“I’m looking for a man,” I said. There was no reason to lie. “Goes by the name of Billy Clanton.”
“He’s one of them cowboys,” he said, spitting out the last word like an insult. “What business you got with him?”
“My business is my own.”
“Well he ain’t here,” the bartender said. “And today might not be a good day to go looking for him either.”
“He comes in here though?” I said.
“Sure. From time to time.”
“I got nowhere to be for now,” I said. I pulled my pocket watched and checked the time. I had less than thirty minutes. “I’ll wait.”
“Suit yourself,” he said. Then he went back to wiping down the bar top.
I took the glass and the bottle and found a table near the back. I took a seat and was pouring myself another glass when a man walked into the saloon. He was dressed in black and had a kind of presence about him that made you sit up and take notice.
He wore a gun on his hip. It wasn’t uncommon to see a man go about heeled, but Tombstone had rule about carrying firearms within city limits. I knew this little fact because I saw the sign as I rode in, and like the law abiding fella that I am, I went straight to the local constabulary to hand over my guns. Not all of them, mind you. I had a little something special nestled in the small of my back. Like I said, I’m a law abiding fella, but I also had a job to do.
The big fella in black however, he wore his gun in plain sight. And I didn’t see a badge on his chest.
I knew who he was the moment he walked through the door. Even if I hadn’t recognized him, I’d been briefed in full.
The man gave me a long and considering look. I nodded to him, and he nodded right back. He dismissed me and pulled out a chair at the nearest table. He didn't sit right away. He placed the gun on the table, the heavy revolver making a low clunking sound as connected with the wood. Then he sat, his pistol within easy reach.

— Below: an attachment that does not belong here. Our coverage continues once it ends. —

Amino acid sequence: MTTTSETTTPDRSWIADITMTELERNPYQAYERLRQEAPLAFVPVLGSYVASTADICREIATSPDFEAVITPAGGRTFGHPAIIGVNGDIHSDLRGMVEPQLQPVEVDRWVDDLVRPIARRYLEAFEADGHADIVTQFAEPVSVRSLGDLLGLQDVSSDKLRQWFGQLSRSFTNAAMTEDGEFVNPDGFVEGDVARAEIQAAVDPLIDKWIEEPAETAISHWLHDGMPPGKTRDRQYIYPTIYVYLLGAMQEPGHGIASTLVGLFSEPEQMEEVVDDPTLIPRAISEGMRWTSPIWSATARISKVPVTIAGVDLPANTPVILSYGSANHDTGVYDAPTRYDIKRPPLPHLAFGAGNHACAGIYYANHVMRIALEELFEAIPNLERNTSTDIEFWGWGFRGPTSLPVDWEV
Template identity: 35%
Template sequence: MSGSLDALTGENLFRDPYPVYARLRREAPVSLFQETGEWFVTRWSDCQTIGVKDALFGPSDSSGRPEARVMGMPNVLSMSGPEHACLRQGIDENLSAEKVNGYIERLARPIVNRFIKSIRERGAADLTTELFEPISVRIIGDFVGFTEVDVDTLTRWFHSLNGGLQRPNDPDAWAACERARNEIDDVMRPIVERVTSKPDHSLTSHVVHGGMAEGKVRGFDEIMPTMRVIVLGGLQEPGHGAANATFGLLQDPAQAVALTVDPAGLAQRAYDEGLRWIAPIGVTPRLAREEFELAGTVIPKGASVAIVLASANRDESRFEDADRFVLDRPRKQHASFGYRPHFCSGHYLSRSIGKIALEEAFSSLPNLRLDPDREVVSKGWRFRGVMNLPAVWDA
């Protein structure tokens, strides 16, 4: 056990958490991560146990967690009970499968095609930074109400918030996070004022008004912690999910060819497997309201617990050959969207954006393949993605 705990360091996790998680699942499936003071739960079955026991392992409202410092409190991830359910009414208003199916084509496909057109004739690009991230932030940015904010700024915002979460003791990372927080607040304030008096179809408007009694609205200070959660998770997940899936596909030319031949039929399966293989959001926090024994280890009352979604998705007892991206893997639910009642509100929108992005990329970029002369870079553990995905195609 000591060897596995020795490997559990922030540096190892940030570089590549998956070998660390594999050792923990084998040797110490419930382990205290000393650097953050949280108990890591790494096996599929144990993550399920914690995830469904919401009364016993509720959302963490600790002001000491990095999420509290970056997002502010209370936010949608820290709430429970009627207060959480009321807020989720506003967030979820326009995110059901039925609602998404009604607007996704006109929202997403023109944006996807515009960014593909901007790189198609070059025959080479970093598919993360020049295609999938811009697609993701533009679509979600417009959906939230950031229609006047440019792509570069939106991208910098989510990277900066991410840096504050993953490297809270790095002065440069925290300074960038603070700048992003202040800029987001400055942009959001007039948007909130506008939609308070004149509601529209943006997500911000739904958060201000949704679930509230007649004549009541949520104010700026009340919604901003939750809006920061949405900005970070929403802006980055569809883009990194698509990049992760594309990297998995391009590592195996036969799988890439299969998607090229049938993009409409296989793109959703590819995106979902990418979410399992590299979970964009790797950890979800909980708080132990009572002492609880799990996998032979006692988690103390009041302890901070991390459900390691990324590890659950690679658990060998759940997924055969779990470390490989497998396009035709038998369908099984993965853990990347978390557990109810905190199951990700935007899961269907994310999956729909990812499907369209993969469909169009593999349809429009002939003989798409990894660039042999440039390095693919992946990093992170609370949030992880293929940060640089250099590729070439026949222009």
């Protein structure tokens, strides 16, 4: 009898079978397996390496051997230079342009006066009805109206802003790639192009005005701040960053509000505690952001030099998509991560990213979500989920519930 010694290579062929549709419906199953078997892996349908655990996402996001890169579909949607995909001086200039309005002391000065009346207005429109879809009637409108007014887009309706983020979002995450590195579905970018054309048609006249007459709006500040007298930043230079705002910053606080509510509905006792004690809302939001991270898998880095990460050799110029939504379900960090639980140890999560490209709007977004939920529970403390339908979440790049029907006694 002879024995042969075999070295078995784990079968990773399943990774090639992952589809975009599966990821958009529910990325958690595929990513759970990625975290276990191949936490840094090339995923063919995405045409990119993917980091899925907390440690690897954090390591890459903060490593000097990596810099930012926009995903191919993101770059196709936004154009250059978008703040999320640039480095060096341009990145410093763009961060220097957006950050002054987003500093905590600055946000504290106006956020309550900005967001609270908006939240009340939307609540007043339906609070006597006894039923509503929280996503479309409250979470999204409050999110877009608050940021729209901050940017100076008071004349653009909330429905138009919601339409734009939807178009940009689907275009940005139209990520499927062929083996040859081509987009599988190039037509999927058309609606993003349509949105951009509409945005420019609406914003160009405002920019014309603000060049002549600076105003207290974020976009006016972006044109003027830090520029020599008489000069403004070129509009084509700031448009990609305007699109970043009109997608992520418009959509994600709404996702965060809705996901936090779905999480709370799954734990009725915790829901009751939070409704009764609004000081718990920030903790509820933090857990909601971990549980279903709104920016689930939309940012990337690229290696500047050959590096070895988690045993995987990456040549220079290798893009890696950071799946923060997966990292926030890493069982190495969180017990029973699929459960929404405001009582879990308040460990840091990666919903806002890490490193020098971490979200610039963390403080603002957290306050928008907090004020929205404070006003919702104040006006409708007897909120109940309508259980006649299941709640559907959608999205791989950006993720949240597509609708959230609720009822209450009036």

“Your usual, Wyatt?” the bartender asked.
“Mm,” was the man’s only reply.
The man, Wyatt, sat to the side of the table and kicked his booted feet up onto a chair across from him and looked out into the street beyond the double batwing doors.
The bartender bustled around the bar with a coffee in a delicate cup and saucer and placed them on the table next to the pistol.
“Thanks, Clem,” Wyatt said. “How about one of them cigars?” He pronounced it ‘see-gars’.
“Sure Wyatt,” the bartended said, and fetched him one.
“Is there gonna be a fight, Wyatt?” Clem asked.
“I'm afraid there must be,” Wyatt said, and then lit his cigar with a wooden match.
Clem took a step away, hesitated for a moment, then turned back to Wyatt who puffed stoically away.
“Do you need any help?”
“No thanks, Clem,” Wyatt said with a slight smile.
I tried not to smile.
Of course there was going to be a fight. They’d be talking about it for the next century and a half. But that wasn’t why I was here.
A fight was going to happen, sure enough. People were going to die.
My job was to make sure that the the right people died.
To be continued . . .